Whilst teaching is a caring profession, at the moment it might help you to care a little less. Especially about what others may or may not think! Try these:

  • Stand up and walk around to deliver your online lessons, rather than sitting down and ‘looking professional’. This will create more energy and give kids a giggle every time you walk out of shot and then remember and scuttle back.
  •  Have a laugh if you get tongue-tied. Let’s face it, some of the funniest and most memorable telly and YouTube moments, come from people getting things wrong. Who knows, if you are recording your lessons and you drop a clanger or fall over as you dash back into shot, you might be able to profit, if you share it. And, whatever it is that you’re trying to teach, they’ll definitely remember it.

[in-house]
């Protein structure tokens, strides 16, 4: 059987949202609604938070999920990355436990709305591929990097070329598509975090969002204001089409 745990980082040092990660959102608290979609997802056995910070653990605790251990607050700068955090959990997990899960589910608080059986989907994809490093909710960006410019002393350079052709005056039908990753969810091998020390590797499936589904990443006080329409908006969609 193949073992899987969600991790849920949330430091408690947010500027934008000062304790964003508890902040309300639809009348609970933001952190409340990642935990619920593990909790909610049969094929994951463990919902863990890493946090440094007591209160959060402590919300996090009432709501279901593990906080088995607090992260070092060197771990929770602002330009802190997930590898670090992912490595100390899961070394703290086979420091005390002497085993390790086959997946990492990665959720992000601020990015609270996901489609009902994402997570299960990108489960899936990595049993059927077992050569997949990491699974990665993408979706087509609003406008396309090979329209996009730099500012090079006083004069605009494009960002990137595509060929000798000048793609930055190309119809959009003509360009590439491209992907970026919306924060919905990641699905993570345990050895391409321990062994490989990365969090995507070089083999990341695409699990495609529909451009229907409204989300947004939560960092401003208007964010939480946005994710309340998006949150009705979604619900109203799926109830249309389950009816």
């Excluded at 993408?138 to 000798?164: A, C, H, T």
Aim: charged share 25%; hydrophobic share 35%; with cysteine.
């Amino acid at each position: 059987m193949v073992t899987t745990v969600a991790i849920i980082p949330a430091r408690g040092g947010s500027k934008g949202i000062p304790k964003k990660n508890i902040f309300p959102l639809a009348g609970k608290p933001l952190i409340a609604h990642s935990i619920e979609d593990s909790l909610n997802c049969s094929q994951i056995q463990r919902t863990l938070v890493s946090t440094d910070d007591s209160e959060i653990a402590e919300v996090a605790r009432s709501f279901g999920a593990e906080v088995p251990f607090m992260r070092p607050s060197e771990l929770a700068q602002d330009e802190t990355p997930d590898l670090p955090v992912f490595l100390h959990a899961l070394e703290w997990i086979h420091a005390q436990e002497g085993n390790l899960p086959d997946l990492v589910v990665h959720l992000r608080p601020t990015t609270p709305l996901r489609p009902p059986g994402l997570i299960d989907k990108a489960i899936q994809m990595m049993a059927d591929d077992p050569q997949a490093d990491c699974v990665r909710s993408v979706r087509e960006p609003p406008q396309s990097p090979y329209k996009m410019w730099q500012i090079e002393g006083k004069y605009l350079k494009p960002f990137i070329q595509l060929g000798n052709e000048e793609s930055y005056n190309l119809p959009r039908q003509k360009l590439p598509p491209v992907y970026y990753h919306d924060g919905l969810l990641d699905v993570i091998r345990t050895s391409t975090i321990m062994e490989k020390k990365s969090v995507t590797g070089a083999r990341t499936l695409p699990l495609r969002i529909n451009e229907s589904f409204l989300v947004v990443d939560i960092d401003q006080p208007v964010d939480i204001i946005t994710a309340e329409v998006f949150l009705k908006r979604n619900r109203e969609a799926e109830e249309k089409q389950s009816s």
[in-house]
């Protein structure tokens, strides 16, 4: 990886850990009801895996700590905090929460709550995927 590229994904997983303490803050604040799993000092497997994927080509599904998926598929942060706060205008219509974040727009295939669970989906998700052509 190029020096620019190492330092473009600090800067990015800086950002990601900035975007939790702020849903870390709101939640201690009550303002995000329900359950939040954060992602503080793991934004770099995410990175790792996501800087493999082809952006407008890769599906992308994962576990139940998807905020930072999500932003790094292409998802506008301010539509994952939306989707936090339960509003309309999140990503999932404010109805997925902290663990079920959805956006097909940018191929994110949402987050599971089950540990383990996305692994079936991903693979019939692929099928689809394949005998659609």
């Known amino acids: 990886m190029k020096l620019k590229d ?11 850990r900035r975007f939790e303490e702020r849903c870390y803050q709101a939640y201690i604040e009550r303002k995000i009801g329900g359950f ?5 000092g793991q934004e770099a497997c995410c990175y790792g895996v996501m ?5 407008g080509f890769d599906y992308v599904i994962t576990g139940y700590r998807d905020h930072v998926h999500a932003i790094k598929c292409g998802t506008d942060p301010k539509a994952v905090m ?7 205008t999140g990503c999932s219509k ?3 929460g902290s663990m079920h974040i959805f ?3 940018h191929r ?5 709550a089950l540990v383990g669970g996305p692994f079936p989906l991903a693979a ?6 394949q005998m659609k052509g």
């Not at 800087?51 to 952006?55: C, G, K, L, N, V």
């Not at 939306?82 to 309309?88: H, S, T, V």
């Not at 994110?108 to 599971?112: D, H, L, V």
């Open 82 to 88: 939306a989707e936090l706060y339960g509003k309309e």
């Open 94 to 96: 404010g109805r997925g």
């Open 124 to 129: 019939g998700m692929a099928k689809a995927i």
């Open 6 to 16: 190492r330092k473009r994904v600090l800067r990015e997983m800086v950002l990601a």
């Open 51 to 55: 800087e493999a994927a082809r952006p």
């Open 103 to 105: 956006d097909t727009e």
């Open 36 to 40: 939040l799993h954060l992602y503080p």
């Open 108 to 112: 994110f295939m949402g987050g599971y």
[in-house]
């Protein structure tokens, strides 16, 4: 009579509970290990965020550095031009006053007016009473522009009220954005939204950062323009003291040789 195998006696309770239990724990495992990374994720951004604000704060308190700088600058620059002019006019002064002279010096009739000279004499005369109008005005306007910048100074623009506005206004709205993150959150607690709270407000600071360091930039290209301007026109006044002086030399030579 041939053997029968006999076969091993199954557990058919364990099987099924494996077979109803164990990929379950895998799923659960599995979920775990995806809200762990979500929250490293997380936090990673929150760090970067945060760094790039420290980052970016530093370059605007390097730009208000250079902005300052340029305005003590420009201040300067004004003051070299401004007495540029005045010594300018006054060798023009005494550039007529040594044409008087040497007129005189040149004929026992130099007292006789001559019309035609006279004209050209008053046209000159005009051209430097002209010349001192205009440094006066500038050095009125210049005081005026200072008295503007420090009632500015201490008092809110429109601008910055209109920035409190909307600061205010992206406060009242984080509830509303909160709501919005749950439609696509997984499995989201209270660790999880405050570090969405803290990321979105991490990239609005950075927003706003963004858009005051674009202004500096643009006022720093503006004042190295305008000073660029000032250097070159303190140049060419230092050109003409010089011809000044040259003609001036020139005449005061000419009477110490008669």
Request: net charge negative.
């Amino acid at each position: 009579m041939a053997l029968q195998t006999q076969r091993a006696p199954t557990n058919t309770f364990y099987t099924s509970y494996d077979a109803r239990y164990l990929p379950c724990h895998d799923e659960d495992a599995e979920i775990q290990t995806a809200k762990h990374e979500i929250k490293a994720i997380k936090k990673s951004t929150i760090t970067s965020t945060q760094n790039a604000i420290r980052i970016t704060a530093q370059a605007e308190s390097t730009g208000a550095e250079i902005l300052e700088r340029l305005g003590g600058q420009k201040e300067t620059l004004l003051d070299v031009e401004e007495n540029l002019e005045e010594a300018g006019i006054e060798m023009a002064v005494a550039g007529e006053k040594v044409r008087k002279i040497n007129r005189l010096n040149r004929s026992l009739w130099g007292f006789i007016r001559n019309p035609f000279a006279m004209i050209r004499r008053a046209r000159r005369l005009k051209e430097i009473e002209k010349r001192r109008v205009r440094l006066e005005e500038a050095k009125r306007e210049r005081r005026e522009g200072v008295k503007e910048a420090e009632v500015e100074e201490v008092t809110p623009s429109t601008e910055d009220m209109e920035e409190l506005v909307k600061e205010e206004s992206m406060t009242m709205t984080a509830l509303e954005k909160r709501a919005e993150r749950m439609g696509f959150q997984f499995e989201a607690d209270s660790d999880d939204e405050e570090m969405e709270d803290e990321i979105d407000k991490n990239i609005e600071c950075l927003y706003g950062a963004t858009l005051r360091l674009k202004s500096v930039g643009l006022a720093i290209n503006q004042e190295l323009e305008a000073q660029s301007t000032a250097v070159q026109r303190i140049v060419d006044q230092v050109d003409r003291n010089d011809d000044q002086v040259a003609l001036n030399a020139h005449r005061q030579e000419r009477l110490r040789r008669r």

•  If you’re pre-recording, be happy with the first attempt. In the good old days, with 30 children in front of you, you didn’t have several goes until it was perfect, so you don’t need to now. The more you try, the less natural and more stilted you’ll become. Be brave: record, send and move on.

Focus On The Positives (and worry less about Gavlar and BoJo)

I’m not sure if anyone refers to our Prime Minister as ‘BoJo’ any more? Although Gavin Williamson has been called many names over the past 9 months - most of which would make your elderly aunt blush!

 The P.M. and the Secretary of State for Education (still Gavin, at the time of writing) have had a massive impact on what has and hasn’t happened in schools, since last March. Particularly in terms of making decisions, or not making decisions, or waiting for Nicola Sturgeon to pre-empt their decisions. For anyone working in schools, this has been highly frustrating and stressful, to say the least!